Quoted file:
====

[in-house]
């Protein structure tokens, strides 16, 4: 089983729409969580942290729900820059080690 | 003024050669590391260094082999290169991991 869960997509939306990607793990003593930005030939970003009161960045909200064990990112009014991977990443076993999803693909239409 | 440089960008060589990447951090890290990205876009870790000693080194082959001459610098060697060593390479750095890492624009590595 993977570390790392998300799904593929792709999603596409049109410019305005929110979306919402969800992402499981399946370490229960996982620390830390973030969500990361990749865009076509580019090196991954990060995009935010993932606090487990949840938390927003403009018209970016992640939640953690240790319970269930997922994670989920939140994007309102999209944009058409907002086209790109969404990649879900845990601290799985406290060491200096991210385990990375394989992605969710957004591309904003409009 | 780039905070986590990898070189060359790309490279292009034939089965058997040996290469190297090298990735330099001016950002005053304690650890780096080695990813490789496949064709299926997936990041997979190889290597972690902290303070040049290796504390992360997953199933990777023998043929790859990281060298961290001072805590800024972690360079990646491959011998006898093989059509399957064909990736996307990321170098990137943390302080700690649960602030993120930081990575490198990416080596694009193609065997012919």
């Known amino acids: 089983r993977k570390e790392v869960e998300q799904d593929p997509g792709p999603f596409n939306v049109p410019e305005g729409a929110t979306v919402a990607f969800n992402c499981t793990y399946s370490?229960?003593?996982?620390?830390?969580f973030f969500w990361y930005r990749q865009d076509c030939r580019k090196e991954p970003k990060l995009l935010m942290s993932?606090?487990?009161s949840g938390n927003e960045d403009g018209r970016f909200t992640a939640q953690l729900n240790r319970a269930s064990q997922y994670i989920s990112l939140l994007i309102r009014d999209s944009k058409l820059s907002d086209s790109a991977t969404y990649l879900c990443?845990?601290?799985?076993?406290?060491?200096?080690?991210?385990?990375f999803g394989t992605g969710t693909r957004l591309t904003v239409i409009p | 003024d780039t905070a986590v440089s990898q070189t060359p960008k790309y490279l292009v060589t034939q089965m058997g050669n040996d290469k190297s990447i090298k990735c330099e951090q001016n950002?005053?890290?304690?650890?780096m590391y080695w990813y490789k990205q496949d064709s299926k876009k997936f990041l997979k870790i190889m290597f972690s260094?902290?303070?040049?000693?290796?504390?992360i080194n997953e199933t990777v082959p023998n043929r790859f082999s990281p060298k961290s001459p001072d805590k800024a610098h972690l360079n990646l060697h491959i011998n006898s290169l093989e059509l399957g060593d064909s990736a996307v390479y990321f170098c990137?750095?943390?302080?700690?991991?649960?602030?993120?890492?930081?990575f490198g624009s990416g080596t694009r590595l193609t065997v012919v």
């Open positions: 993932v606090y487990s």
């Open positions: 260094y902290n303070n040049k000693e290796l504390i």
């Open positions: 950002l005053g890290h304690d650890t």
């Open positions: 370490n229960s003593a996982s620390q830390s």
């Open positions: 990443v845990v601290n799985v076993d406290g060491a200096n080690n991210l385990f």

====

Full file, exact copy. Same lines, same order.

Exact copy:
[in-house]
């Protein structure tokens, strides 16, 4: 089983729409969580942290729900820059080690 | 003024050669590391260094082999290169991991 869960997509939306990607793990003593930005030939970003009161960045909200064990990112009014991977990443076993999803693909239409 | 440089960008060589990447951090890290990205876009870790000693080194082959001459610098060697060593390479750095890492624009590595 993977570390790392998300799904593929792709999603596409049109410019305005929110979306919402969800992402499981399946370490229960996982620390830390973030969500990361990749865009076509580019090196991954990060995009935010993932606090487990949840938390927003403009018209970016992640939640953690240790319970269930997922994670989920939140994007309102999209944009058409907002086209790109969404990649879900845990601290799985406290060491200096991210385990990375394989992605969710957004591309904003409009 | 780039905070986590990898070189060359790309490279292009034939089965058997040996290469190297090298990735330099001016950002005053304690650890780096080695990813490789496949064709299926997936990041997979190889290597972690902290303070040049290796504390992360997953199933990777023998043929790859990281060298961290001072805590800024972690360079990646491959011998006898093989059509399957064909990736996307990321170098990137943390302080700690649960602030993120930081990575490198990416080596694009193609065997012919």
């Known amino acids: 089983r993977k570390e790392v869960e998300q799904d593929p997509g792709p999603f596409n939306v049109p410019e305005g729409a929110t979306v919402a990607f969800n992402c499981t793990y399946s370490?229960?003593?996982?620390?830390?969580f973030f969500w990361y930005r990749q865009d076509c030939r580019k090196e991954p970003k990060l995009l935010m942290s993932?606090?487990?009161s949840g938390n927003e960045d403009g018209r970016f909200t992640a939640q953690l729900n240790r319970a269930s064990q997922y994670i989920s990112l939140l994007i309102r009014d999209s944009k058409l820059s907002d086209s790109a991977t969404y990649l879900c990443?845990?601290?799985?076993?406290?060491?200096?080690?991210?385990?990375f999803g394989t992605g969710t693909r957004l591309t904003v239409i409009p | 003024d780039t905070a986590v440089s990898q070189t060359p960008k790309y490279l292009v060589t034939q089965m058997g050669n040996d290469k190297s990447i090298k990735c330099e951090q001016n950002?005053?890290?304690?650890?780096m590391y080695w990813y490789k990205q496949d064709s299926k876009k997936f990041l997979k870790i190889m290597f972690s260094?902290?303070?040049?000693?290796?504390?992360i080194n997953e199933t990777v082959p023998n043929r790859f082999s990281p060298k961290s001459p001072d805590k800024a610098h972690l360079n990646l060697h491959i011998n006898s290169l093989e059509l399957g060593d064909s990736a996307v390479y990321f170098c990137?750095?943390?302080?700690?991991?649960?602030?993120?890492?930081?990575f490198g624009s990416g080596t694009r590595l193609t065997v012919v």
């Open positions: 993932v606090y487990s």
């Open positions: 260094y902290n303070n040049k000693e290796l504390i």
């Open positions: 950002l005053g890290h304690d650890t």
């Open positions: 370490n229960s003593a996982s620390q830390s």
């Open positions: 990443v845990v601290n799985v076993d406290g060491a200096n080690n991210l385990f």